corporate profitability for a large sample of listed American firms for the 1975-1994 periods.
Howorth and Westhead (2003) examined working capital management routines of a large
random sample of small companies in the UK.
        Deloof (2003) investigates the relation between WCM and corporate profitability of
1,009 large Belgian non financial firms. From the studies conducted to identify the trends in
WCM and its impact on Mauritian small manufacturing firms, Pandachi, (2006) identify that
the working capital needs of an organization changes over time as does its internal cash
generation rate. Raheman and Nasr (2007) conducted a study to analyze the relationship
between WCM and profitability in case of Pakistani firms. The result shows that, there is a
strong negative relationship between variables of WCM and profitability of the firm. The
firms can increase their profitability by reducing investment on accounts receivable and
inventories to a reasonable minimum, indicated by the benchmarks for their industry (Teruel
& Solano, 2007).
         The above discussion clearly implies the importance of working capital management
(WCM) in determining the firm’s success. The present work tries to identify the various
factors of working capital management influencing profitability of manufacturing firms in
India.
3. DATA AND VARIABLES
        This study uses financial statements of executive summary, assets and liability
statements of manufacturing firms listed in Centre for Monitoring Indian Economy (CMIE)
for a period of 5 years (i.e. 2005-06 to 2009-10). The data was collected for 1211 firms and
the firms with the 1% outlying values for Debtors Days (DTRDAYS), Inventory Days
(INVDAYS), and Creditors Days (CTRDAYS) were left out. Thus the samples size consists
of a balanced panel set of 5990 firm year observations of 1198 firms.Profit before
depreciation tax accounts (PBDTA), the dependent variable, is taken as a proxy for
profitability. Table 1 presents the independent and control variables, notations and its
calculation methods used in the analysis.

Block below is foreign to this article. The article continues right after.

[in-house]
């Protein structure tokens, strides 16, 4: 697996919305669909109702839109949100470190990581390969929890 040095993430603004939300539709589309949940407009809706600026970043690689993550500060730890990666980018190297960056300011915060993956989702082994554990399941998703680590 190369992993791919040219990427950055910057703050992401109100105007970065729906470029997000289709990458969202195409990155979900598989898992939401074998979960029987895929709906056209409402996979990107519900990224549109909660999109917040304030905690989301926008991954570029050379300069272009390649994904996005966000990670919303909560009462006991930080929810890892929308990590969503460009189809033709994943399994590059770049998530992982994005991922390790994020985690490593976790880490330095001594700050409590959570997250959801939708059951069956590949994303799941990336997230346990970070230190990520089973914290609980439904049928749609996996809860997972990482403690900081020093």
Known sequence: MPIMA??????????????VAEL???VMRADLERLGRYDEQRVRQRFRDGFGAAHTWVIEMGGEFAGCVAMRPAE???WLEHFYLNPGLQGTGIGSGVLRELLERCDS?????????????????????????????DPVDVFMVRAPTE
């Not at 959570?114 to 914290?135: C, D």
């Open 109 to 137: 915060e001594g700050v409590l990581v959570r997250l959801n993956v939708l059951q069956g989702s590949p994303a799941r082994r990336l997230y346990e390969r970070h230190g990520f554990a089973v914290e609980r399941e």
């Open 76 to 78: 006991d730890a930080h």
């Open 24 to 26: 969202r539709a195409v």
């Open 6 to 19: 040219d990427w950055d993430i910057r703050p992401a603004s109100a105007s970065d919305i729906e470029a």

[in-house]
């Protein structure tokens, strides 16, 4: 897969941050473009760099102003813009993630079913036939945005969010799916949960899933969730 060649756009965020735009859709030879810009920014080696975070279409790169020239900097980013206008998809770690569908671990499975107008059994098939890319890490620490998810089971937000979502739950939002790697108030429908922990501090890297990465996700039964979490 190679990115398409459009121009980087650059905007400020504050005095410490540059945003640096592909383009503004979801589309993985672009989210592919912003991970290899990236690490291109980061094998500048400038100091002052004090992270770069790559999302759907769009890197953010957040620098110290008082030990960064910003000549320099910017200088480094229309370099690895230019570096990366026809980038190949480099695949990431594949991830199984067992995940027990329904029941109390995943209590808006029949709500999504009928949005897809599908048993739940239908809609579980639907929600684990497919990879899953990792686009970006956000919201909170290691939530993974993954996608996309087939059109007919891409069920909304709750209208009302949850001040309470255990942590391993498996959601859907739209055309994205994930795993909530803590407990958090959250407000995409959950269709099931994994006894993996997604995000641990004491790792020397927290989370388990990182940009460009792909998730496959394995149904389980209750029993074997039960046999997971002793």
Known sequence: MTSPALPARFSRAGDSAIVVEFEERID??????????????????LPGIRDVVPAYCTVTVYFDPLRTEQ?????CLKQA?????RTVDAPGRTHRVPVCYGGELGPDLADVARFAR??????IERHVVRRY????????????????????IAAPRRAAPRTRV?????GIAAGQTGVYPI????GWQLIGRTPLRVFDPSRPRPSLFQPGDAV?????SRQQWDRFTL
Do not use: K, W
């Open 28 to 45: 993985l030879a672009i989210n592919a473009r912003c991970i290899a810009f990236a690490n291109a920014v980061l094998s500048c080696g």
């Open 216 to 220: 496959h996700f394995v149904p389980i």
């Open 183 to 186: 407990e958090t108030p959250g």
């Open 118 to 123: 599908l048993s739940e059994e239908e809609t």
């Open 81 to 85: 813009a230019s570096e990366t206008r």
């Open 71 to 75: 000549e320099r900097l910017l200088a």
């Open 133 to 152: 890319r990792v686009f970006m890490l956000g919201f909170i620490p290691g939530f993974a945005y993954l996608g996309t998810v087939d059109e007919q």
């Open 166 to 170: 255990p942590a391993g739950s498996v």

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6510(Online), Volume 4, Issue 1, January- February (2013)

                             Table 1. Variables Used in the Analysis
No           Variable                Notations                  Calculation Method

1    Debtors Days                   DTRDAYS         [accounts receivable * 365] / Sales.(It is
                                                    taken from executive summary of the firms)
2    Inventory Days                 INVDAYS         [Inventories*365] / Cost of goods sold

3    Creditors Days                 CTRDAYS         [accounts payable*365]/ Cost of goods sold.
                                                    (It is taken from executive summary of the
                                                    firms)
4    Cash Conversion Cycle          CCC             DTRDAYS + INVDAYS – CTRDAYS

5    Current Ratio                  CR              Current Assets / Current Liability

6    Ratio of Current Liability CLTOTA              Current Liability/ Total Assets
     to Total Assets.
7    Financial Assets to Total FATOTA               Financial Assets / Total Assets
     Assets
8    Size                           SIZE            Natural Logarithm of Total Assets

9    Assets Turnover Ratio          ATR             Sales/total asset

        Debtors Days, Inventory Days, Creditors Days and Cash Conversion Cycle are used
as independent variables. CCC is used as the comprehensive measure of working capital as it
shows the time lag between expenditure for the purchase of raw materials and the collection
of sales of finished goods. CR, CLTOTA, FATOTA, SIZE and ATR are used as the control
variables.

4. DATA ANALYSIS AND INTERPRETATION

4.1 Descriptive Statistics

        Table 2 shows the descriptive statistics. The manufacturing industry is having on an
average 22 % of profit for its sales and most of the firms included in the analysis show profit